Canadian police are investigating an accident involving a Tesla that suddenly accelerated and crashed into a ramp at a ferry terminal in West Vancouver, British Columbia, on Saturday.
A photo reportedly taken at the scene showed the Tesla Model 3 on a car ramp at the ferry terminal, with much of the front end of the vehicle apparently ripped off and both front airbags deployed.
“We don’t know what caused it to happen,” Sgt. Mark McLean of the West Vancouver Police Department told the news outlet.
“It looks like it was trying to board a ferry and suddenly accelerated into the gate, basically destroying the Tesla,” he said.
— AutoSpies (@AutoSpies) January 17, 2023
However, Deborah Marshall of BC Ferries disputed that theory in an email to CTV News.
“There was no vessel in the berth at the time of the incident,” she said. “The vehicle was not attempting to board a ferry.”
McLean told CTV the police are investigating the cause of the crash.
“They’re so high-tech that it’s going to be quite time-consuming to go through all the data and find out what’s going on,” she said.
Police do not believe the driver was impaired, according to CTV.
There have been multiple reports of Teslas suddenly accelerating, according to Electrek.
The tech news outlet ran a story in September 2016 highlighting several such incidents, including a Model S that crashed into a gym in Irvine, California, in June of that year and a Model X that hit a curb in a parking lot in Bradenton, Florida.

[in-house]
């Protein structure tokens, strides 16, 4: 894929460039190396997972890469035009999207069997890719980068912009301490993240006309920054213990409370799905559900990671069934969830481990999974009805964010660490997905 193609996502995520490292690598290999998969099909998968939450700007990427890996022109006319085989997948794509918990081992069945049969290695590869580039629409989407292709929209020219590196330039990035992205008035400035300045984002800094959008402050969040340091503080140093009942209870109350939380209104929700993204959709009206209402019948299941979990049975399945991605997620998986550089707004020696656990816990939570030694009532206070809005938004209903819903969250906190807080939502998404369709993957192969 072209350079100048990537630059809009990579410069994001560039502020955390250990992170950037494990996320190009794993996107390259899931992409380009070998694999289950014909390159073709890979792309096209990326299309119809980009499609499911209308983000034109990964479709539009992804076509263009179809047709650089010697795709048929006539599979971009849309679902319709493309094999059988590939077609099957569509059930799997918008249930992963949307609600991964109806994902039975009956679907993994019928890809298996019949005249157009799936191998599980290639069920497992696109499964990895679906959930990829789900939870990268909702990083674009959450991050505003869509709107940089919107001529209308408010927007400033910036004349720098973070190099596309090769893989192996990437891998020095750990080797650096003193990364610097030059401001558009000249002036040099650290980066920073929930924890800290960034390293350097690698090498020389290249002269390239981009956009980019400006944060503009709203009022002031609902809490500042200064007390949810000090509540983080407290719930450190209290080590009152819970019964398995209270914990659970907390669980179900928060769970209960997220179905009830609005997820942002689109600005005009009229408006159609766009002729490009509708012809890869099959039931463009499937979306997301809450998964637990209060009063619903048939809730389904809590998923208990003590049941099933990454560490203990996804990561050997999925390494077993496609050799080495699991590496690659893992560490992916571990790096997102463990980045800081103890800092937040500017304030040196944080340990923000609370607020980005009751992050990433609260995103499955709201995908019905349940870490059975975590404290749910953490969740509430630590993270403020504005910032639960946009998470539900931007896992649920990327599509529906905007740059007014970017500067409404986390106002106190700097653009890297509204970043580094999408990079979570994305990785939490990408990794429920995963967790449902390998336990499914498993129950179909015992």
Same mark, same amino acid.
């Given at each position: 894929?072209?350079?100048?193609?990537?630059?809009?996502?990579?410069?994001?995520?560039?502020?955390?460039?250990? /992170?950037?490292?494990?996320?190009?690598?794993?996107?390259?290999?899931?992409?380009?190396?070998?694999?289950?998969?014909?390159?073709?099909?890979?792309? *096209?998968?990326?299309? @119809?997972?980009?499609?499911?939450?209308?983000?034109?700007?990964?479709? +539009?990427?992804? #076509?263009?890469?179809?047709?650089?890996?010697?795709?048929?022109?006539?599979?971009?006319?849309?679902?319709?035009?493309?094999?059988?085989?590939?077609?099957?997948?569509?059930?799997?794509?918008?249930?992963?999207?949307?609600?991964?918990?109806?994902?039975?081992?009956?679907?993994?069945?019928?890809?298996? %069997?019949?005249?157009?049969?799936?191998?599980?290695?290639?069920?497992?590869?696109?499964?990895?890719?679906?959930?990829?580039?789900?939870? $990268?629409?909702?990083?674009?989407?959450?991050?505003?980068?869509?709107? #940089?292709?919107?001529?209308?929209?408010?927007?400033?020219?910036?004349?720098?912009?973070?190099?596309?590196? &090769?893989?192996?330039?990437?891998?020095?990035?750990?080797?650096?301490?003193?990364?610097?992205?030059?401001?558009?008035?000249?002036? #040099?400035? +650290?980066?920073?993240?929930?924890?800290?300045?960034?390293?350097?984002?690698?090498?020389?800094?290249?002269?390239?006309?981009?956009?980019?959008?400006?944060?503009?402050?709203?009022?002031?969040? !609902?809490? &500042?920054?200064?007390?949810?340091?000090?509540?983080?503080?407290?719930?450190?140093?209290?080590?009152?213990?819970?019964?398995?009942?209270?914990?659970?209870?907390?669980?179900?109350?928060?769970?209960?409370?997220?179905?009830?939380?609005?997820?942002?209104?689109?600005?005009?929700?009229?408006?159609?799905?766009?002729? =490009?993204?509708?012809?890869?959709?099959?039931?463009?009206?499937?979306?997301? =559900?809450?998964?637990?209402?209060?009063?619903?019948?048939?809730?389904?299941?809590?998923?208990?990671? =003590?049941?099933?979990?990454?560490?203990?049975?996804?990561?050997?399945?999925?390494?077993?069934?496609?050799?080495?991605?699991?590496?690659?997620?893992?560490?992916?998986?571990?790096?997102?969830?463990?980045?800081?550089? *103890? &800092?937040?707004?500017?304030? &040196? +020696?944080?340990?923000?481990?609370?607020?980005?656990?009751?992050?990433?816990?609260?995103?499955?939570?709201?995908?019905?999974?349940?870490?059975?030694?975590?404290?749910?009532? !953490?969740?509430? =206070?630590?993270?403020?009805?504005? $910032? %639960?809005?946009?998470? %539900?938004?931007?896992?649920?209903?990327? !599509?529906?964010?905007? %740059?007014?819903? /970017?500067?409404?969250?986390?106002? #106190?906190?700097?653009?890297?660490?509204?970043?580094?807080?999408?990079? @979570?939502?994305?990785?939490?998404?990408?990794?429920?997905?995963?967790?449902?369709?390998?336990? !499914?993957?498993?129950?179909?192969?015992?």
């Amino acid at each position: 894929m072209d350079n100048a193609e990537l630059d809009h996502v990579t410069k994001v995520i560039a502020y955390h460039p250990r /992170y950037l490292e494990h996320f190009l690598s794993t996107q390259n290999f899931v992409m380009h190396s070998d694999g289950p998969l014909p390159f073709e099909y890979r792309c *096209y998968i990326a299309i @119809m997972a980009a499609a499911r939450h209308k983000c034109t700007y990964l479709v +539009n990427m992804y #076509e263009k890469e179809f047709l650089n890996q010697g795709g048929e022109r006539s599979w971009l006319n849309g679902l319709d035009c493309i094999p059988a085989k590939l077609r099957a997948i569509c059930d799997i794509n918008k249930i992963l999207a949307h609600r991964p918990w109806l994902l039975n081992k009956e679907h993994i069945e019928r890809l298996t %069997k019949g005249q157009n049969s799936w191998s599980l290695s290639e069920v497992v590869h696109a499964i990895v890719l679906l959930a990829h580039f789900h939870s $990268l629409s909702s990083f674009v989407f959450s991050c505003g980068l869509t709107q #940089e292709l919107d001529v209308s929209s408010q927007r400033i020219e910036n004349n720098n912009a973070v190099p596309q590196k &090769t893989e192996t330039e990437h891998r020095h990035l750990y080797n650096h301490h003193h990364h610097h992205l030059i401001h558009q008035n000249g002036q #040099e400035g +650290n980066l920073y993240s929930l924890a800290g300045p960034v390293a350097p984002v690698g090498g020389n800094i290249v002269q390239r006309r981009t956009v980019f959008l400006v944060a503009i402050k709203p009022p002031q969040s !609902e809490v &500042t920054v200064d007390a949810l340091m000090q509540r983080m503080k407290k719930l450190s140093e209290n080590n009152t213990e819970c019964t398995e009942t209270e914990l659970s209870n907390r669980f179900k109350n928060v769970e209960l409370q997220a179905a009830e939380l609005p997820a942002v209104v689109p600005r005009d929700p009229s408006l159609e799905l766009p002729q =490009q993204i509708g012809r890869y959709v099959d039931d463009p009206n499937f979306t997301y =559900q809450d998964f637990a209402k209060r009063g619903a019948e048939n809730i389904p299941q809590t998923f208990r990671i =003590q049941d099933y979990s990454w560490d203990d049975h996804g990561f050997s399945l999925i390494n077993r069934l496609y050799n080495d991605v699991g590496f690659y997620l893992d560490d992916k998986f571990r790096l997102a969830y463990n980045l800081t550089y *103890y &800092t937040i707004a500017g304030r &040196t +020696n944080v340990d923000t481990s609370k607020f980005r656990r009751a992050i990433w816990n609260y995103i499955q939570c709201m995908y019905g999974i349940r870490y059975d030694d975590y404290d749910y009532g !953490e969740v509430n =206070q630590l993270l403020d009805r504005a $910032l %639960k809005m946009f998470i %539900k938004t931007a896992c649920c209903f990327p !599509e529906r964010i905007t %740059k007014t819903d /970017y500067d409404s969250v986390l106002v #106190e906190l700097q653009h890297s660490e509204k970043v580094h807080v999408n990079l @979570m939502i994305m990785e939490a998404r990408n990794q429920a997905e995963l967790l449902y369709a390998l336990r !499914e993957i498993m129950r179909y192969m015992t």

“This story is not about the Tesla Autopilot,” Electrek’s Fred Lambert wrote at that time. “I want to be clear because the highway accidents involving Tesla vehicles with the Autopilot enabled are a completely different matter and unrelated to these claims of sudden unintended acceleration.”
Lambert later reported that the National Highway Traffic Safety Administration began investigating the issue of “sudden unintended acceleration” after it received a petition citing 127 such incidents.
In January 2021, after the investigation, the NHTSA announced that the incidents were all attributed to user error, Electrek reported.
“NHTSA’s Office of Defects Investigation (ODI) issued the results of its investigation … confirming that it found that the incidents were due to ‘pedal misapplication’ — in other words: drivers pressing the wrong pedal,” the report said.
This article appeared originally on The Western Journal.
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